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Urja Sathi Powers Up for India's Clean Energy Revolution witha funding of Rs. 3.5 million

Indian clean energy startup Urja Sathi has secured a seed funding of Rs 3.5 million, marking a major milestone in its mission to transform the country's renewable energy landscape. This investment, led by entrepreneurs Ankitt Jain and Sharlee Jain, will fuel Urja Sathi's growth as it strives to unite the clean energy market and serve both businesses and individual consumers.

Anurag Srivastava, Urja Sathi's founder, hailed the funding as a turning point for the company. He envisions the platform as a one-stop shop for all things clean energy in India, creating the biggest and most reliable marketplace for renewable energy solutions.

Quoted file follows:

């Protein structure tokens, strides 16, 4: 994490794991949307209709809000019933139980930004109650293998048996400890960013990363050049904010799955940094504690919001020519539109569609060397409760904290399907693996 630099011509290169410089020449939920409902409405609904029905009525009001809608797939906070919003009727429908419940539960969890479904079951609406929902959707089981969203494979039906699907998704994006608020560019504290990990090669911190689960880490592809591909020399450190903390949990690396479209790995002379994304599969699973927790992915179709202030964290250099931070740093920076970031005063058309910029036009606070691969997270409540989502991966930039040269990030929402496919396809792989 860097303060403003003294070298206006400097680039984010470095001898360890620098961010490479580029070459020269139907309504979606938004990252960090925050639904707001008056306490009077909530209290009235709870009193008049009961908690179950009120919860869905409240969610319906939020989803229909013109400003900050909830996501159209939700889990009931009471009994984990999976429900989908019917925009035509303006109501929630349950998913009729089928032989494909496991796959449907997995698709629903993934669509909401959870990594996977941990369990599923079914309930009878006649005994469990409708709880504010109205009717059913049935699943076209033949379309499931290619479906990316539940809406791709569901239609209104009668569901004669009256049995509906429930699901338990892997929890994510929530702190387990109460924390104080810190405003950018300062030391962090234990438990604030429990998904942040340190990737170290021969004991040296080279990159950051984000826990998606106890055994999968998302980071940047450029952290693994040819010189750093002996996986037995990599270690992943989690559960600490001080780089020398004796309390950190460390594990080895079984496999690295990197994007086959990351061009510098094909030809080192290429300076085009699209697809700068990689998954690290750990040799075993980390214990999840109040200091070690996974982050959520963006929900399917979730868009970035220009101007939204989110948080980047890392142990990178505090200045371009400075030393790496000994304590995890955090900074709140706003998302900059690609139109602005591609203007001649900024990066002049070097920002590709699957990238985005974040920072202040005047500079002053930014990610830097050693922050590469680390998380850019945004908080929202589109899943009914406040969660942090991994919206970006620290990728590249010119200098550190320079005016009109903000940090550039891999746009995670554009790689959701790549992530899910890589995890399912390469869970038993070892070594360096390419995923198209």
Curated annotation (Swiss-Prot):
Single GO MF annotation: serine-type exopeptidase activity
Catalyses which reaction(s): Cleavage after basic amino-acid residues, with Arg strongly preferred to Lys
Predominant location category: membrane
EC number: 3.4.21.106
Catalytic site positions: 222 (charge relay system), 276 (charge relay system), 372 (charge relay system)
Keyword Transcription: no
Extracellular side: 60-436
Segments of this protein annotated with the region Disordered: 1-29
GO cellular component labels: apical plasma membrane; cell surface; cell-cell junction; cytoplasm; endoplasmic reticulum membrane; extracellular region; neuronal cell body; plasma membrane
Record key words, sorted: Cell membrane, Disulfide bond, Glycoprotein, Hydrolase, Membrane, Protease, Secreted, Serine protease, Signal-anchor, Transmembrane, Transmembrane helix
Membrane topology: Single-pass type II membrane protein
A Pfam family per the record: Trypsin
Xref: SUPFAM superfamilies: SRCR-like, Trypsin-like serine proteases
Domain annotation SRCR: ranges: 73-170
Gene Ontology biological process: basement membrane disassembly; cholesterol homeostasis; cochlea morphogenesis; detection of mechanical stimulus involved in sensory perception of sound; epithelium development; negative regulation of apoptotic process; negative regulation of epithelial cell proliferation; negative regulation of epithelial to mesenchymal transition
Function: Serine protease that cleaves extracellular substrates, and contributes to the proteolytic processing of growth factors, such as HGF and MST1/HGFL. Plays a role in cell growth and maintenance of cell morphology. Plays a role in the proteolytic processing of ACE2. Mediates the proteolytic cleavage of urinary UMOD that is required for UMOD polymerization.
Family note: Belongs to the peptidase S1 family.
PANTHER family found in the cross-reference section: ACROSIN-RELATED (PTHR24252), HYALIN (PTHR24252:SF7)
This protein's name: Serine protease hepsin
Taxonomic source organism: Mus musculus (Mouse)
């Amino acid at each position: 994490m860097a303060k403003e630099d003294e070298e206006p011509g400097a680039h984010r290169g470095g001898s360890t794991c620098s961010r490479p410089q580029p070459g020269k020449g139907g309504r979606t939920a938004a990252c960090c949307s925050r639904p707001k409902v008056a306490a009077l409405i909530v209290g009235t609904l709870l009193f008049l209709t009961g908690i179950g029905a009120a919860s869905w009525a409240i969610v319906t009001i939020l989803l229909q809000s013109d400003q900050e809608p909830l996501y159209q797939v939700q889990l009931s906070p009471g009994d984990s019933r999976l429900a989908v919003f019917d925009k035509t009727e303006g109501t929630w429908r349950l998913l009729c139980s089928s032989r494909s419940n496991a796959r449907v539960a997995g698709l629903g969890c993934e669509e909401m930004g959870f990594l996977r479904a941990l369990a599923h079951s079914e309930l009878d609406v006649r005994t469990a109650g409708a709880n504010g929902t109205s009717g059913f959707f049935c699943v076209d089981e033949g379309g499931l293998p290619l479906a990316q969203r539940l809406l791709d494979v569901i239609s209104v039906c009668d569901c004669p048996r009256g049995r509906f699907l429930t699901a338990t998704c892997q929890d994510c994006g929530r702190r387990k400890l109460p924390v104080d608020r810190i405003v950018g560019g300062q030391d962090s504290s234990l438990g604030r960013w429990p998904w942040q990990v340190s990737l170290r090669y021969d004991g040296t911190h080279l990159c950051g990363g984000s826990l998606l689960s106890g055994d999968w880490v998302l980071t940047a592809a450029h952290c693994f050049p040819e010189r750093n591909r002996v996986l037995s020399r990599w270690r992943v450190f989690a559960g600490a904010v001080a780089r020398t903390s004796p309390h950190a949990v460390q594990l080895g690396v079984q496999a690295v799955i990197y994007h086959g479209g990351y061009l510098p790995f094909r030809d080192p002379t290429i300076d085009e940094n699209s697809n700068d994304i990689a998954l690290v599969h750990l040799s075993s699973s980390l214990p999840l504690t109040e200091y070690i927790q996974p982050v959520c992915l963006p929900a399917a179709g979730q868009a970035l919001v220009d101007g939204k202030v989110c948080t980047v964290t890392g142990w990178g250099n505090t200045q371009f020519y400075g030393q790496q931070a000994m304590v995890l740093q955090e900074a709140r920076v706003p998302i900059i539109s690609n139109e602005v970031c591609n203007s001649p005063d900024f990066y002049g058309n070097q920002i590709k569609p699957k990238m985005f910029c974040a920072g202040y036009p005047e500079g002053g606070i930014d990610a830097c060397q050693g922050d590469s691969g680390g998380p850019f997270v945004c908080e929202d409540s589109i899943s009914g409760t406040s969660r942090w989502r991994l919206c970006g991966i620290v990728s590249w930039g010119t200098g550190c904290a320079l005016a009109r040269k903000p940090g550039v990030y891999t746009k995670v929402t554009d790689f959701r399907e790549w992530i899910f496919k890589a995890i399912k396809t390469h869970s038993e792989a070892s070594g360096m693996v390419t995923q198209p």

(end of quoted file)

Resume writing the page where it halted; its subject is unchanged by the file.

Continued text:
The Jain couple, who are also investors besides leading Paper Arizona, are impressed by Urja Sathi's potential to disrupt the clean energy sector. They believe the platform's innovative approach effectively addresses current market gaps, making their investment a strong endorsement of Urja Sathi's role in speeding up India's shift to sustainable energy.

With this fresh funding, Urja Sathi is gearing up for rapid expansion. They plan to launch a mobile app by April 2024 and onboard over 5000 clean energy players across solar, EPC (engineering, procurement, and construction), and other sustainable solutions. Their target is to attract at least 100,000 individual customers within a year.

Urja Sathi isn't just focused on solar. The platform has its sights set on other renewable energy sources like green hydrogen, electric vehicles, and wind power, further solidifying India's green energy portfolio.

Urja Sathi's platform tackles challenges like low awareness and financing hurdles that hinder clean energy adoption, paving the way for a smoother shift towards renewable sources.

As India strives to meet its ambitious goal of 50% renewable energy by 2030, Urja Sathi's innovative marketplace and mobile app are set to play a key role. This will ultimately contribute to India's target of achieving Net Zero emissions by 2070.



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